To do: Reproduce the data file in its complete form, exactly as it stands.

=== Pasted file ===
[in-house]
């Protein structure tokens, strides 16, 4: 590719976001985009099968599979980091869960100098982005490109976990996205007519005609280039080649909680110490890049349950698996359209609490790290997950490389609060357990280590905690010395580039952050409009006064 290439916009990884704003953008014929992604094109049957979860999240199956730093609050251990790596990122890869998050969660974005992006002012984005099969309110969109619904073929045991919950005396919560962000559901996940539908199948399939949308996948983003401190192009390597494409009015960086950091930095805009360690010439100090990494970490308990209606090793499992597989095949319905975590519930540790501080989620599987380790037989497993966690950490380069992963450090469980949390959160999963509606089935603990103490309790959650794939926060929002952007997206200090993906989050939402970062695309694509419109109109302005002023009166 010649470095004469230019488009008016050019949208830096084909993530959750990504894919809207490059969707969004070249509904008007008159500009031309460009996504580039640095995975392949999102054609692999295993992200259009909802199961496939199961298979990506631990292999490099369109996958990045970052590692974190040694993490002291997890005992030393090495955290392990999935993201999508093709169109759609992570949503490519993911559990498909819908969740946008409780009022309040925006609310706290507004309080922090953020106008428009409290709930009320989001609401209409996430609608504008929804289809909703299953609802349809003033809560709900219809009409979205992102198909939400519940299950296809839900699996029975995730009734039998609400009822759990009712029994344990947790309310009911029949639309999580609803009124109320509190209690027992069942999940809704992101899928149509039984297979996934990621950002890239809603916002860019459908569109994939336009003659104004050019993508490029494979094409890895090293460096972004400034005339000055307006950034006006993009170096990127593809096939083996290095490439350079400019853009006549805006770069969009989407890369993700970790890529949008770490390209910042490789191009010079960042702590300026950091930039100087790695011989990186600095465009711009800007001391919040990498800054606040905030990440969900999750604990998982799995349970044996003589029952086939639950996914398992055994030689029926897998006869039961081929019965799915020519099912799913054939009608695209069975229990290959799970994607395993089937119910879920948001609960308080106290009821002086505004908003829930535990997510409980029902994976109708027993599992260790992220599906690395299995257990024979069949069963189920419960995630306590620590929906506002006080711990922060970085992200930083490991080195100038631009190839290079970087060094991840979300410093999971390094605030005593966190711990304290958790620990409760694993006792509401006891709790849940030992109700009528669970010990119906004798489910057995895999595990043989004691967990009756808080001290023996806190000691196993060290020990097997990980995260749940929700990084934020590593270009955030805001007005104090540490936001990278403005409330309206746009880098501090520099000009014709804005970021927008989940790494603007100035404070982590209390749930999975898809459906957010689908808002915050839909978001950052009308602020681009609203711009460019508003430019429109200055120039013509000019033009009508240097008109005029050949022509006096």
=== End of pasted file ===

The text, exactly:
[in-house]
């Protein structure tokens, strides 16, 4: 590719976001985009099968599979980091869960100098982005490109976990996205007519005609280039080649909680110490890049349950698996359209609490790290997950490389609060357990280590905690010395580039952050409009006064 290439916009990884704003953008014929992604094109049957979860999240199956730093609050251990790596990122890869998050969660974005992006002012984005099969309110969109619904073929045991919950005396919560962000559901996940539908199948399939949308996948983003401190192009390597494409009015960086950091930095805009360690010439100090990494970490308990209606090793499992597989095949319905975590519930540790501080989620599987380790037989497993966690950490380069992963450090469980949390959160999963509606089935603990103490309790959650794939926060929002952007997206200090993906989050939402970062695309694509419109109109302005002023009166 010649470095004469230019488009008016050019949208830096084909993530959750990504894919809207490059969707969004070249509904008007008159500009031309460009996504580039640095995975392949999102054609692999295993992200259009909802199961496939199961298979990506631990292999490099369109996958990045970052590692974190040694993490002291997890005992030393090495955290392990999935993201999508093709169109759609992570949503490519993911559990498909819908969740946008409780009022309040925006609310706290507004309080922090953020106008428009409290709930009320989001609401209409996430609608504008929804289809909703299953609802349809003033809560709900219809009409979205992102198909939400519940299950296809839900699996029975995730009734039998609400009822759990009712029994344990947790309310009911029949639309999580609803009124109320509190209690027992069942999940809704992101899928149509039984297979996934990621950002890239809603916002860019459908569109994939336009003659104004050019993508490029494979094409890895090293460096972004400034005339000055307006950034006006993009170096990127593809096939083996290095490439350079400019853009006549805006770069969009989407890369993700970790890529949008770490390209910042490789191009010079960042702590300026950091930039100087790695011989990186600095465009711009800007001391919040990498800054606040905030990440969900999750604990998982799995349970044996003589029952086939639950996914398992055994030689029926897998006869039961081929019965799915020519099912799913054939009608695209069975229990290959799970994607395993089937119910879920948001609960308080106290009821002086505004908003829930535990997510409980029902994976109708027993599992260790992220599906690395299995257990024979069949069963189920419960995630306590620590929906506002006080711990922060970085992200930083490991080195100038631009190839290079970087060094991840979300410093999971390094605030005593966190711990304290958790620990409760694993006792509401006891709790849940030992109700009528669970010990119906004798489910057995895999595990043989004691967990009756808080001290023996806190000691196993060290020990097997990980995260749940929700990084934020590593270009955030805001007005104090540490936001990278403005409330309206746009880098501090520099000009014709804005970021927008989940790494603007100035404070982590209390749930999975898809459906957010689908808002915050839909978001950052009308602020681009609203711009460019508003430019429109200055120039013509000019033009009508240097008109005029050949022509006096």